If any of you cry at my funeral, I’ll never speak to you again! Stan Laurel
Stan Laurel (born Arthur Stanley Jefferson; 16 June 1890 – 23 February 1965) was an English comic actor, writer and film director, who was part of the comedy duo Laurel and Hardy. He appeared with his comedy partner Oliver Hardy in 107 short films, feature films, and cameo roles.
Laurel began his career in music hall, where he appropriated a number of his standard comic devices: the bowler hat, the deep comic gravity and the nonsensical understatement. His performances polished his skills at pantomime and music hall sketches. Laurel was a member of “Fred Karno‘s Army”, where he was Charlie Chaplin‘s understudy. With Chaplin, the two arrived in the United States on the same ship from the United Kingdom with the Karno troupe. Laurel began his film career in 1917 and made his final appearance in 1951. From 1928 onwards, he appeared exclusively with Hardy. Laurel officially retired from the screen following his comedy partner’s death in 1957.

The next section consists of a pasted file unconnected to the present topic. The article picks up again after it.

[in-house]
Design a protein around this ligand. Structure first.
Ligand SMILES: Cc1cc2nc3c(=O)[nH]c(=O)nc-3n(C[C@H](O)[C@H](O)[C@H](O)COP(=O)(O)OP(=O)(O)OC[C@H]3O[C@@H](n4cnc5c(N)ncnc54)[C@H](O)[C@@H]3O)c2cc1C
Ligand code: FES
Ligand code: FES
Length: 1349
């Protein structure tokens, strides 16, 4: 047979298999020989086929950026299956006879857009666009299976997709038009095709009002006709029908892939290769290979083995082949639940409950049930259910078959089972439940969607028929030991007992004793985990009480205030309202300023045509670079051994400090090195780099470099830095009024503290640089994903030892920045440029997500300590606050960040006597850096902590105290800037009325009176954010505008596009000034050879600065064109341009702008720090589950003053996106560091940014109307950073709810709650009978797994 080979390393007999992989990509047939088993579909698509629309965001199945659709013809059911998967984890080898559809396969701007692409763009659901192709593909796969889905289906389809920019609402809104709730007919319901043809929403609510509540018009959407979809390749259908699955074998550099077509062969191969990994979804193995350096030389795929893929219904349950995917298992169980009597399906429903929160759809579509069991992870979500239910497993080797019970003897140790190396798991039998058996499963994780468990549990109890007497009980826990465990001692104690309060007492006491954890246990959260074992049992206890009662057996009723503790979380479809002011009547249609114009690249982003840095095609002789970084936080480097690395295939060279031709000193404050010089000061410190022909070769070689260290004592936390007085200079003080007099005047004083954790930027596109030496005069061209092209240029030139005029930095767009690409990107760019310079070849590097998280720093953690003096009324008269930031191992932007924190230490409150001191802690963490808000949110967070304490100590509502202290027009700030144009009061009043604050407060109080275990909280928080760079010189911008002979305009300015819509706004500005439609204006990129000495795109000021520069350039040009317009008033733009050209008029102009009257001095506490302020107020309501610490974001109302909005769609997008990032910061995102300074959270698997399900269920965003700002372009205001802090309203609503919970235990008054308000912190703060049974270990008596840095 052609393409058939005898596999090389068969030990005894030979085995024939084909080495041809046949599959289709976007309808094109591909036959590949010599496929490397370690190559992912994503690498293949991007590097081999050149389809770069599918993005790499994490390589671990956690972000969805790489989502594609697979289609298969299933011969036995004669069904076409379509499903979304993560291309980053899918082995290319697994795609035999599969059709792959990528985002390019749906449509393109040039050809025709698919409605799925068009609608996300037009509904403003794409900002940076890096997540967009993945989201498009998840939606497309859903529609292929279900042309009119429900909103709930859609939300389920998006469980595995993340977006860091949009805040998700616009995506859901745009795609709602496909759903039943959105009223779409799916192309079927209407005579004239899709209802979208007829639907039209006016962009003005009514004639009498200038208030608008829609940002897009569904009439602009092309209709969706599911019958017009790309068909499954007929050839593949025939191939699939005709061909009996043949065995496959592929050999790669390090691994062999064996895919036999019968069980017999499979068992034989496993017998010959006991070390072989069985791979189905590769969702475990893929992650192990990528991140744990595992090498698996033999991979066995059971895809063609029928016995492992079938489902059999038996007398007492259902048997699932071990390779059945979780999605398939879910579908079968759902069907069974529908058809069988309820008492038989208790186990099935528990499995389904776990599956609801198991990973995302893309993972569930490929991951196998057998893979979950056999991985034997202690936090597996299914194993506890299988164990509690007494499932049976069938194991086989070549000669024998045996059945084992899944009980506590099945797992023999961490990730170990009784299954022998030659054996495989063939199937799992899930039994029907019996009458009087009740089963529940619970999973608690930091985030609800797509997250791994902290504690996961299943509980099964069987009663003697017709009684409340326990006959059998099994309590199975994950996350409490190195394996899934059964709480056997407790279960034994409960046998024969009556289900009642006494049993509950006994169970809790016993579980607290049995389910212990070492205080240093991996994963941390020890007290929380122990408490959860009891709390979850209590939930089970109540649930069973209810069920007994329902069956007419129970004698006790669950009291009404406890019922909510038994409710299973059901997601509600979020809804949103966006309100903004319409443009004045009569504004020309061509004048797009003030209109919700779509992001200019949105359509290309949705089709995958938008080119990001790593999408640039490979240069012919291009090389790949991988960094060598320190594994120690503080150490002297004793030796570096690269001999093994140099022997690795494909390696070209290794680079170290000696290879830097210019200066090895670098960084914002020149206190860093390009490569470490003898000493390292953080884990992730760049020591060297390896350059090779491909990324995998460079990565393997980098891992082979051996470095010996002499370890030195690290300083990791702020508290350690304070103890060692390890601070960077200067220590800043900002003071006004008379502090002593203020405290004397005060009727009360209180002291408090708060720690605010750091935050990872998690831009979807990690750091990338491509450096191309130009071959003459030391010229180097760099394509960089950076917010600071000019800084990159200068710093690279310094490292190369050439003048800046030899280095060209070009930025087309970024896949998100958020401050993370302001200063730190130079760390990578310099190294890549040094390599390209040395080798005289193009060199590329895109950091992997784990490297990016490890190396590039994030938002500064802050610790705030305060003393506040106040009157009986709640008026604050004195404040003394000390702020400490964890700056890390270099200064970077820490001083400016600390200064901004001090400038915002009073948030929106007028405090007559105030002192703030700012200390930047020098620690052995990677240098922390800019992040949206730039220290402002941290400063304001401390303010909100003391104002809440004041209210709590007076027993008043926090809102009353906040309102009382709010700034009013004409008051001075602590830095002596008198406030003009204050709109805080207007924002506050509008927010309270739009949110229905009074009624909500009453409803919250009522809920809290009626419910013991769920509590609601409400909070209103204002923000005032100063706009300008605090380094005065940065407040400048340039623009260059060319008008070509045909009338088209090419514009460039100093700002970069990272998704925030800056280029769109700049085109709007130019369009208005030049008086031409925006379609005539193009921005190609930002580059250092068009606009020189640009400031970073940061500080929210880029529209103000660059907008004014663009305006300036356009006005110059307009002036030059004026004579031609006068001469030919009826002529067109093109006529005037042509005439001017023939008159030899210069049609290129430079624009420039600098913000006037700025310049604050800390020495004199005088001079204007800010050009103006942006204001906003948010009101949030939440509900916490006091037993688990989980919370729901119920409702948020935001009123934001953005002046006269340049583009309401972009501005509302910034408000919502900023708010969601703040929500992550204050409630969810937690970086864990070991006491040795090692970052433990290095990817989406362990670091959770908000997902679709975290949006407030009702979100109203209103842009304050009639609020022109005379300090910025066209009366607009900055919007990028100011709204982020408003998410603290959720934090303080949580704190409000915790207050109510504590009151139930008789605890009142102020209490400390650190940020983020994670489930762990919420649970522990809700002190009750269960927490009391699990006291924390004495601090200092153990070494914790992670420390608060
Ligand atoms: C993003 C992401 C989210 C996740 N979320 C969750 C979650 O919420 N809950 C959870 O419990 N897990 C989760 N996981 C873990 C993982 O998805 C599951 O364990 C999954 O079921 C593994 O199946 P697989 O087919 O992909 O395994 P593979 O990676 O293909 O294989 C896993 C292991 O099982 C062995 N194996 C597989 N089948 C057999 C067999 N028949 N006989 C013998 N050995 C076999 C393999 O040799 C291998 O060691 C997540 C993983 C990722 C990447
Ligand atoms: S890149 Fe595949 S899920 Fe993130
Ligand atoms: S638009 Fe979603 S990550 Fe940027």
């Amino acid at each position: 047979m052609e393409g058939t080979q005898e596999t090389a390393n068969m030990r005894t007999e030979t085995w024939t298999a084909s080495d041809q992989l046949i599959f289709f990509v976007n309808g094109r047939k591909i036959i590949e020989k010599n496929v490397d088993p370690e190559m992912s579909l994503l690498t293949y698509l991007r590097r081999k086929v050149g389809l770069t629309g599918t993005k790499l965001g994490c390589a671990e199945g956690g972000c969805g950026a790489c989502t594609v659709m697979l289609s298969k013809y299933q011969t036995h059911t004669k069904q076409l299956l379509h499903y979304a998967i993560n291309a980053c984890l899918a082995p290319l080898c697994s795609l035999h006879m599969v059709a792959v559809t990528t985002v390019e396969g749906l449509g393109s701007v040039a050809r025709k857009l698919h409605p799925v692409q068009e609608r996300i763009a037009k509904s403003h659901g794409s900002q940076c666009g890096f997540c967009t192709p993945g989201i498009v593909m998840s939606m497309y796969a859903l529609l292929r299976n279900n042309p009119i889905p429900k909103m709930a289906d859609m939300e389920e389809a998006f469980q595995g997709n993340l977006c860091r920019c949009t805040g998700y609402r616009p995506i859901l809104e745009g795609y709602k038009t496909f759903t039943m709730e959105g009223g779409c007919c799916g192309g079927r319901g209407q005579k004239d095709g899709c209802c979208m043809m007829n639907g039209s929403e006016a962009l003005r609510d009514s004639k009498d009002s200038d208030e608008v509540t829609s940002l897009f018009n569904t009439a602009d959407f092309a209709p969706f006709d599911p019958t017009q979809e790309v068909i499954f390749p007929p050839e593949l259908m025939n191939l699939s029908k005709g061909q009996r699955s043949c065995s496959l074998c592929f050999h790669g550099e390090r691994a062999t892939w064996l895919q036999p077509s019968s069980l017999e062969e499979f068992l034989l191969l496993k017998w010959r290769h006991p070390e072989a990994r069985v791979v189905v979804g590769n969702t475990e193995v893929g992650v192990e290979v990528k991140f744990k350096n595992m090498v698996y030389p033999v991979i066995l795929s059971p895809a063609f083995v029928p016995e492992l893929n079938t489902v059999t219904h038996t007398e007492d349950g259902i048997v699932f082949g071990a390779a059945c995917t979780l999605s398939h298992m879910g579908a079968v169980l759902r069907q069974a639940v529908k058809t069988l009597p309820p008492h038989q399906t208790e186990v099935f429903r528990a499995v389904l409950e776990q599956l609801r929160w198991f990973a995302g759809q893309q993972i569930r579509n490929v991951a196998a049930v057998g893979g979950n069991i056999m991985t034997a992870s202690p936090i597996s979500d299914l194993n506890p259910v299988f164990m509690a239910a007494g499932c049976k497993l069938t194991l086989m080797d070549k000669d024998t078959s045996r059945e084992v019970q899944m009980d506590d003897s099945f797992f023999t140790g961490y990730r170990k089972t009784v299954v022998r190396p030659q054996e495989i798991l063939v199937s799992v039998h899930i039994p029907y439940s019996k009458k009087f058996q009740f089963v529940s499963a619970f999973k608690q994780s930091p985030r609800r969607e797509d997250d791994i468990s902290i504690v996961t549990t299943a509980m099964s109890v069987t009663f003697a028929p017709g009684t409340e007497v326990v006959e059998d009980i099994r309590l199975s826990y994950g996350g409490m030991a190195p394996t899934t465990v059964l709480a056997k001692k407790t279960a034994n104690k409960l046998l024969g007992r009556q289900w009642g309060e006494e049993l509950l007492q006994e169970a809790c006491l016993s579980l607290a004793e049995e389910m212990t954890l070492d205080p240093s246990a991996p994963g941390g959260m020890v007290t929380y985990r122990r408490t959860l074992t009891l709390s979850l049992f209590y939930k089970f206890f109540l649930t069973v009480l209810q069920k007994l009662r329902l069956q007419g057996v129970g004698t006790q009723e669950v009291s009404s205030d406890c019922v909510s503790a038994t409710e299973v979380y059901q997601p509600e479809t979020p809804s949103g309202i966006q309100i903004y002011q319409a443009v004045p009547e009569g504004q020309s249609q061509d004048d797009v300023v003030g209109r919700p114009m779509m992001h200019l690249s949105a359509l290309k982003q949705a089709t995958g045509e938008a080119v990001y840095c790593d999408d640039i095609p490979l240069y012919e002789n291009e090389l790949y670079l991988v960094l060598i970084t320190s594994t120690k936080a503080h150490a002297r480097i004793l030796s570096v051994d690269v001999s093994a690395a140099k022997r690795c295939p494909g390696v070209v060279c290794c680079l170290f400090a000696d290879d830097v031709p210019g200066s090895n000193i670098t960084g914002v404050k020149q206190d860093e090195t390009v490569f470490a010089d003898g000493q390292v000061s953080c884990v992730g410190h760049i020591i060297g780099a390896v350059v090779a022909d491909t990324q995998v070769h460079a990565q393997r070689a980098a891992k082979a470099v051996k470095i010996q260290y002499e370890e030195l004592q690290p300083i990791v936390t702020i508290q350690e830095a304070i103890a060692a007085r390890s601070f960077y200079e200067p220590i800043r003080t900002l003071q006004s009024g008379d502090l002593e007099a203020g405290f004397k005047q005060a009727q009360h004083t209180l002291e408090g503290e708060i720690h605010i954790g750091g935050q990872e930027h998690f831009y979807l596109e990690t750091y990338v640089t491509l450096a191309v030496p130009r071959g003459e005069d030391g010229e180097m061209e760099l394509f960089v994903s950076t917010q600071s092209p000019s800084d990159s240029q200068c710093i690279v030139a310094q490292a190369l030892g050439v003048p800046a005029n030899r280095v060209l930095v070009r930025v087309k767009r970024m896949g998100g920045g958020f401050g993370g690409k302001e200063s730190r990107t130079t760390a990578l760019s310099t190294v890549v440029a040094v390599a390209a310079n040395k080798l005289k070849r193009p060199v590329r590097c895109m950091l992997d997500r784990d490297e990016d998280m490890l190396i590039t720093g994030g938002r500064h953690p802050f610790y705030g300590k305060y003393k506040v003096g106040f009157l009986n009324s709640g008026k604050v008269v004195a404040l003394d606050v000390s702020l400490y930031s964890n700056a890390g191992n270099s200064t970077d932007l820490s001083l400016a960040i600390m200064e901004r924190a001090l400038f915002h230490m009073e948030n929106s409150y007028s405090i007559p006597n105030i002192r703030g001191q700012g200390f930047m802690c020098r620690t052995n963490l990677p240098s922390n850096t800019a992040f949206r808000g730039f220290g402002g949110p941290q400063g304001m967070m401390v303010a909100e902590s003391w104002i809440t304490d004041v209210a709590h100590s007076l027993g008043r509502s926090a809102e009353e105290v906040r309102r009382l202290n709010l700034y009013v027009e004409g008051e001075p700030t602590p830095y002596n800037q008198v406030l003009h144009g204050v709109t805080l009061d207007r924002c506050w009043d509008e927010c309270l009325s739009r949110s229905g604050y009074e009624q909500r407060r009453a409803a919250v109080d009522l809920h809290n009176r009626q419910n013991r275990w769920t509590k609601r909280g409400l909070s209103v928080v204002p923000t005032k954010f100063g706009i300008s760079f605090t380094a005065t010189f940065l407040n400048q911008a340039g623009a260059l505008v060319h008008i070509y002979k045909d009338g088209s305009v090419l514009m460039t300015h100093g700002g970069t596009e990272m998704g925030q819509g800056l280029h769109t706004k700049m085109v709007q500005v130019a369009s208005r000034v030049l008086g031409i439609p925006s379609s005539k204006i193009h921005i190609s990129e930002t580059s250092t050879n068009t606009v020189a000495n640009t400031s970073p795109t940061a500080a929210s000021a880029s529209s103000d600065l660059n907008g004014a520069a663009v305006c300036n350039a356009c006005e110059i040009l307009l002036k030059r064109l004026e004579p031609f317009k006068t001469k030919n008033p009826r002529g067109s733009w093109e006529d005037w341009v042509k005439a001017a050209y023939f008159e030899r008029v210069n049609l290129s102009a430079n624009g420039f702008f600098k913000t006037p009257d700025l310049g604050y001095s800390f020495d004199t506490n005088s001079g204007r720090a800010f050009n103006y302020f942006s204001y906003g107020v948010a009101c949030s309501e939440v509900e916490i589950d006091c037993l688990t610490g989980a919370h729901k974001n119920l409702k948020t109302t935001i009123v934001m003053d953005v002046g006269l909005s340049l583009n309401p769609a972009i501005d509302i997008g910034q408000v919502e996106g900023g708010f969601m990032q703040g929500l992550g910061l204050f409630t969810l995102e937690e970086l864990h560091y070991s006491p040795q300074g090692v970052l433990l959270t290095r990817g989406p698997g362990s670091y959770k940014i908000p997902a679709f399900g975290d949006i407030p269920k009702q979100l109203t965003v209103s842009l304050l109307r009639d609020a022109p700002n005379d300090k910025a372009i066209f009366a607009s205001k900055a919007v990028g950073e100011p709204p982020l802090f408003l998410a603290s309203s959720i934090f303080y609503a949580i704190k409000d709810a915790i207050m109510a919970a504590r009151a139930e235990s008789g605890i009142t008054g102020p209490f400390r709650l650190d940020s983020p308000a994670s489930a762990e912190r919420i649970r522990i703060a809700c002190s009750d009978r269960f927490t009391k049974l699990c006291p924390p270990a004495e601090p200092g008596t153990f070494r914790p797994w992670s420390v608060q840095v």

In 1961, Laurel was given a Lifetime Achievement Academy Award for his pioneering work in comedy. He has a star on the Hollywood Walk of Fame at 7021 Hollywood Blvd. Laurel and Hardy ranked top among best double acts and seventh overall in a 2005 UK poll to find the Comedians’ Comedian. In 2009, a bronze statue of the duo was unveiled in Laurel’s home town of Ulverston.